In fact, China needed Aksai Chin because they wanted better road communication between Sinkiang in the North, to Tawong in the East (known as ‘Sinkiang-Tibet highway’). In 1958, the Indian side sent patrols (of one brigade in strength) to the Aksai Chin region without informing them of the existence of the highway. Unfortunately, the Chinese troops in the region were informed of Indian troop movements by Pakistani forces and therefore the Chinese were able to ambush and capture the Indian brigade. In 1959, Indian armed forces crossed the customary boundary line in the North Western sector of India at the Kongka Pass and this resulted in a declaration of open warfare between India and China on 21st November 1962.

Indian politicians at that time were shouting "Hindi-Chini bhai bhai" (Indians and Chinese are brothers) with the Chinese premier, Chouen Li and this resulted in the release of the Indian brigade by the Chinese. At the same time, China announced a unilateral ceasefire and withdrew all troops 12 miles and declared the border from Aksai Chin to Arunachal Pradesh in Assam as a ceasefire line (effectively the new border). The Chinese actions shocked Nehru greatly, as he believed that the Chinese could be trusted to keep the Paunchsill Agreement that stated that the McMahon Line would be respected as a border. The shock was too much for him and Nehru became gravely ill and died of a stroke on 27th May 1964.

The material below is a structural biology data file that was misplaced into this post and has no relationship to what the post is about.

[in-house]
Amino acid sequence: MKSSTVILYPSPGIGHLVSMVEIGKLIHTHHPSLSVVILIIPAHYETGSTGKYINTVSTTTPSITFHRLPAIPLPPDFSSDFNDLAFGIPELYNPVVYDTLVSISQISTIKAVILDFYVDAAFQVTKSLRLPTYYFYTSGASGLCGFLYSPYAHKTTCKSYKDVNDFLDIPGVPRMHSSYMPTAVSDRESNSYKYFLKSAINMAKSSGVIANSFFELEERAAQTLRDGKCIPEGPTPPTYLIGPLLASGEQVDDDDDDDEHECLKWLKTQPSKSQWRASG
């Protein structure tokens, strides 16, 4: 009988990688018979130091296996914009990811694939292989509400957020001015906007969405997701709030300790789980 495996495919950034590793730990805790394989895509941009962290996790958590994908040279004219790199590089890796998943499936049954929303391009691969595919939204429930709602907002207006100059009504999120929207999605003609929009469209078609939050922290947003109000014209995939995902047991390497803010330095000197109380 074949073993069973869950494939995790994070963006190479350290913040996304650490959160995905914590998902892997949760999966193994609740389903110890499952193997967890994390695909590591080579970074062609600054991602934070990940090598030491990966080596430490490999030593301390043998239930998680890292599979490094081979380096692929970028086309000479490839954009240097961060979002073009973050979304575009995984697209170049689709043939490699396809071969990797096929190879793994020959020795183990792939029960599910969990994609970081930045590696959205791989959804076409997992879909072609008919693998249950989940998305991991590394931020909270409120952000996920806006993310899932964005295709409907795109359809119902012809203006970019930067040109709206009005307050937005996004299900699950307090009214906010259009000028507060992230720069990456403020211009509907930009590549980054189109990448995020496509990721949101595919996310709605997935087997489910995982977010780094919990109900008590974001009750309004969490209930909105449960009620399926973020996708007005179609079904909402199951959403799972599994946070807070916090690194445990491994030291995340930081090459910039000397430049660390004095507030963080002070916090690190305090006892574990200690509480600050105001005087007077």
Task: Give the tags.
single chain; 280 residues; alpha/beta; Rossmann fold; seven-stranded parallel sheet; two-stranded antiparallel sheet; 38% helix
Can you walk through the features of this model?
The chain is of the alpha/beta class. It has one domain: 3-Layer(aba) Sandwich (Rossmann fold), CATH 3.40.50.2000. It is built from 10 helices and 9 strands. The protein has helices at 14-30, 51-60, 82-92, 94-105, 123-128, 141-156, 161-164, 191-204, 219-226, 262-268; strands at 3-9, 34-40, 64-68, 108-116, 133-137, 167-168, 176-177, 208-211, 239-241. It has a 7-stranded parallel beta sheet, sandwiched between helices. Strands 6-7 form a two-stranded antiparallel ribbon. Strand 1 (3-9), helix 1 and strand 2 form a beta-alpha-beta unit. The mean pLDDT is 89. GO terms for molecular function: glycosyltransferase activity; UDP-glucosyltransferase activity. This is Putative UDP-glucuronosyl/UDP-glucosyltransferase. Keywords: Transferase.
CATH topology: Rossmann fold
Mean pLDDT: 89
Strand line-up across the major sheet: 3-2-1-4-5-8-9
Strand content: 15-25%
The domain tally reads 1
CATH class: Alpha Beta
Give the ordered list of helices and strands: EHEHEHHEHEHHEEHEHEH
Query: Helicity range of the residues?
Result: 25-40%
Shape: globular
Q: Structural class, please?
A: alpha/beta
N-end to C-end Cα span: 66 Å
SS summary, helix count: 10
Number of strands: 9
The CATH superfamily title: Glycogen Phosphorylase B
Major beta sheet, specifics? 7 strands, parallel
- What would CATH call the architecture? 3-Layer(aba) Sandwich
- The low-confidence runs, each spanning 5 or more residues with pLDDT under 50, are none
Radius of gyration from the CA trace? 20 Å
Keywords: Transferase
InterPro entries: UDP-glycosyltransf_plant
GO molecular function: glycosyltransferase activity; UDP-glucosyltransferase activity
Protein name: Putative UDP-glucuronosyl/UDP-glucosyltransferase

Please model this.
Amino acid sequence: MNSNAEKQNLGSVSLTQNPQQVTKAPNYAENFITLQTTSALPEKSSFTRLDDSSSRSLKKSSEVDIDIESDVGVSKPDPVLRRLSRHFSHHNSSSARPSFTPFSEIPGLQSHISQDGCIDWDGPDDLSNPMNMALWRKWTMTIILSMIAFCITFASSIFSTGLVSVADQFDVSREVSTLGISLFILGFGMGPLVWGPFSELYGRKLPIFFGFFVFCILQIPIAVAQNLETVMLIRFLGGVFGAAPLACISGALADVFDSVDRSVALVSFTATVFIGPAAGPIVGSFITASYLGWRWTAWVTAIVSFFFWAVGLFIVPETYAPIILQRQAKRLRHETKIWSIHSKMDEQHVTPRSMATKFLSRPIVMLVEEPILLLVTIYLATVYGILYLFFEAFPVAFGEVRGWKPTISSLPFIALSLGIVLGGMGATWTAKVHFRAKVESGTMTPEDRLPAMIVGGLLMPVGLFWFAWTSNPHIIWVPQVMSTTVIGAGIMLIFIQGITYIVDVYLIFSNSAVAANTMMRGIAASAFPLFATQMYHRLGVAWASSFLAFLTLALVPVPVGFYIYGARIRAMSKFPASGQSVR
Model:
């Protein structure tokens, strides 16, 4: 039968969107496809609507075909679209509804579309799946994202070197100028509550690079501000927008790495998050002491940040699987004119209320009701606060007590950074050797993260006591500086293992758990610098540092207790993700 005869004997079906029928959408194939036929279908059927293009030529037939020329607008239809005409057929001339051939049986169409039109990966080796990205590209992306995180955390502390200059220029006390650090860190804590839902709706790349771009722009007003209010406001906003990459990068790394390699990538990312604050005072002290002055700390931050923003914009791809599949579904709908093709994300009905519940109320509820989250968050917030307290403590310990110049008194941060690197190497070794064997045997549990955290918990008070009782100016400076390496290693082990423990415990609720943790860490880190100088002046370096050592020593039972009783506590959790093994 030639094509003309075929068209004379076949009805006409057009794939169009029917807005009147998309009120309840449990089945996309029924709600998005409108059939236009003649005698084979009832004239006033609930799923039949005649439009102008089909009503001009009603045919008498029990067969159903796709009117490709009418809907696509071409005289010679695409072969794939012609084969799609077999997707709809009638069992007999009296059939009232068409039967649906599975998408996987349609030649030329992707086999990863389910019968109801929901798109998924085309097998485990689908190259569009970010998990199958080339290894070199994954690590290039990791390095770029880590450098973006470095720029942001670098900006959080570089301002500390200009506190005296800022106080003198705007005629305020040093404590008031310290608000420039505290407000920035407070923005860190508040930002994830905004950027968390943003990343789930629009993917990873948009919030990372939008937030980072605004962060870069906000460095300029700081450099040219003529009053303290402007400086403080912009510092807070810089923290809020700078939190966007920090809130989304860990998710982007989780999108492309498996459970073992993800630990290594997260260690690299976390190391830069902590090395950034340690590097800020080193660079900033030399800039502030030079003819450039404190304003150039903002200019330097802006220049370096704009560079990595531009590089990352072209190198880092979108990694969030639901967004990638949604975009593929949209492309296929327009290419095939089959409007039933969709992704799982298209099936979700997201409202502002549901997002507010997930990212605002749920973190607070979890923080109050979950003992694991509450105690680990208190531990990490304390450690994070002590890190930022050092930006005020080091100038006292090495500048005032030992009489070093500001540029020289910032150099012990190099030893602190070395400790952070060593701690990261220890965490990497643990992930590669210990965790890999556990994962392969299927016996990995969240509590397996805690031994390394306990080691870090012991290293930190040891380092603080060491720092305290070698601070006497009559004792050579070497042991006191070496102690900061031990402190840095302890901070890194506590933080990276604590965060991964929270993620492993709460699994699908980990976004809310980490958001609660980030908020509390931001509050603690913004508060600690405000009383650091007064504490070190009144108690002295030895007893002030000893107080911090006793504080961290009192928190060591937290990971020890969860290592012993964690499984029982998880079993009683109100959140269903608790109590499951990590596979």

Since the death of Nehru there have been three further military confrontations between India and China over the border issue, in 1967, 1969 and most recently in 1987. Every time the Chinese army has shelled the Indo-Sikkim border pass (called the Nathula Pass) in the East and even they continued shelling right upto the Western sector of the McMahon line, at the Lipu-Lekh pass in Himachal Pradesh, west of Nepal. In the latter part of 1987, there were further border clashes in the ‘Sumdoreng Valley’ in Arunachal Pradesh at the eastern end of the Himalayas.